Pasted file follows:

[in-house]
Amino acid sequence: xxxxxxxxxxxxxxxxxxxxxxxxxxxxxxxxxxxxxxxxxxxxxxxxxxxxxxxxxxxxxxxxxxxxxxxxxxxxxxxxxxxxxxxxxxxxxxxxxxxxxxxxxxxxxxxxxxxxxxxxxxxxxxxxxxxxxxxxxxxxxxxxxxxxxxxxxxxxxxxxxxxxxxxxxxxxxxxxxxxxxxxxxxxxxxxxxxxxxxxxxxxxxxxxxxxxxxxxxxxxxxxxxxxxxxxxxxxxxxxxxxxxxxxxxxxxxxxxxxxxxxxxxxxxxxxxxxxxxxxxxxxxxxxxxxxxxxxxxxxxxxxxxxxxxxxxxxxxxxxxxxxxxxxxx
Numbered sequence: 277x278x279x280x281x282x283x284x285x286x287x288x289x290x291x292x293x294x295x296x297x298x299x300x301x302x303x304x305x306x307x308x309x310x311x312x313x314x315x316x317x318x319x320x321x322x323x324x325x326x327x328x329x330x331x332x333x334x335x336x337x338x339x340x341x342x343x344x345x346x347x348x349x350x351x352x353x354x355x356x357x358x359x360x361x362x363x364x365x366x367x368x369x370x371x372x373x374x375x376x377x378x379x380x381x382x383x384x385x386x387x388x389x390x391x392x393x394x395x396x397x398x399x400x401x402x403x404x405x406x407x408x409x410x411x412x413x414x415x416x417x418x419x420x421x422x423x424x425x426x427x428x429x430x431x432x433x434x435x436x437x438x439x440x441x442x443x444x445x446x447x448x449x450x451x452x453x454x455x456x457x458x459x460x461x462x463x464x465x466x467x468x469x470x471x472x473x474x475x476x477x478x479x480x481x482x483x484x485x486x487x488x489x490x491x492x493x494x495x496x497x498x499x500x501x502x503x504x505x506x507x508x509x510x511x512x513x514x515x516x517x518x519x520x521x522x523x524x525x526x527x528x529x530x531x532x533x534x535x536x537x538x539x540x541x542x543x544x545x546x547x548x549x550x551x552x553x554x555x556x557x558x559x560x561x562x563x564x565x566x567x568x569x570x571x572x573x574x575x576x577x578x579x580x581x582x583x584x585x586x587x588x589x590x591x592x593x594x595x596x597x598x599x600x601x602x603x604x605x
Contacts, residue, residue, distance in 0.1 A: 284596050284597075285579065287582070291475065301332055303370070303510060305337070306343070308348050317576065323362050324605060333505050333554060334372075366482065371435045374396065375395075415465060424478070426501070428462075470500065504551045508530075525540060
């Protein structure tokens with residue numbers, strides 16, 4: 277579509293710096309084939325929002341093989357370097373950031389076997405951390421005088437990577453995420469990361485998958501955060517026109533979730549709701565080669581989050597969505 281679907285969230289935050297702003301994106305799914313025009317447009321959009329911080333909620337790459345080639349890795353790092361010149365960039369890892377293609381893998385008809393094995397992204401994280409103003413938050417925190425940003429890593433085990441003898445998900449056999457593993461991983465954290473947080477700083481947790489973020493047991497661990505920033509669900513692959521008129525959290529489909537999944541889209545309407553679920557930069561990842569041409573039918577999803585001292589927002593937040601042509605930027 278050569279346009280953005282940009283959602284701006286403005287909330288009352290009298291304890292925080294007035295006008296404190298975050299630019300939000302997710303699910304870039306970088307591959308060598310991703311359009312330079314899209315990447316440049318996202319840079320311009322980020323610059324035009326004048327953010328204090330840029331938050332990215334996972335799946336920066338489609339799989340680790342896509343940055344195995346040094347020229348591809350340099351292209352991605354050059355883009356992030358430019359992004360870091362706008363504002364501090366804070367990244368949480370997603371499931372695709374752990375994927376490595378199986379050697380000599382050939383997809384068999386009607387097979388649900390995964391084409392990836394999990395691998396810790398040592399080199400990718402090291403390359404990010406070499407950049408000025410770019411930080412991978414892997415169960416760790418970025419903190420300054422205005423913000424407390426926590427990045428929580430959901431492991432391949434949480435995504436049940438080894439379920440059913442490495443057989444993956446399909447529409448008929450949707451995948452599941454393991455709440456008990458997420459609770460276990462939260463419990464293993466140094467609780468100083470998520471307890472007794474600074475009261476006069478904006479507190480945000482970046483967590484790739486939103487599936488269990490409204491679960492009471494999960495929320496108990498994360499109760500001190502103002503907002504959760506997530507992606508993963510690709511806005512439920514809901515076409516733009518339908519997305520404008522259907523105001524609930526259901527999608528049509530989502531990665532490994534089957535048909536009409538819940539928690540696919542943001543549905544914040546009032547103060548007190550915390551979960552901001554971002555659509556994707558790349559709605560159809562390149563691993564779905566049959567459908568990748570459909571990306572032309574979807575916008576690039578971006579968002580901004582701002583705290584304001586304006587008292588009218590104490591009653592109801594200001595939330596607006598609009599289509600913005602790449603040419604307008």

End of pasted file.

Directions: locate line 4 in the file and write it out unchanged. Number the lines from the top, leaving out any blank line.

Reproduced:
Contacts, residue, residue, distance in 0.1 A: 284596050284597075285579065287582070291475065301332055303370070303510060305337070306343070308348050317576065323362050324605060333505050333554060334372075366482065371435045374396065375395075415465060424478070426501070428462075470500065504551045508530075525540060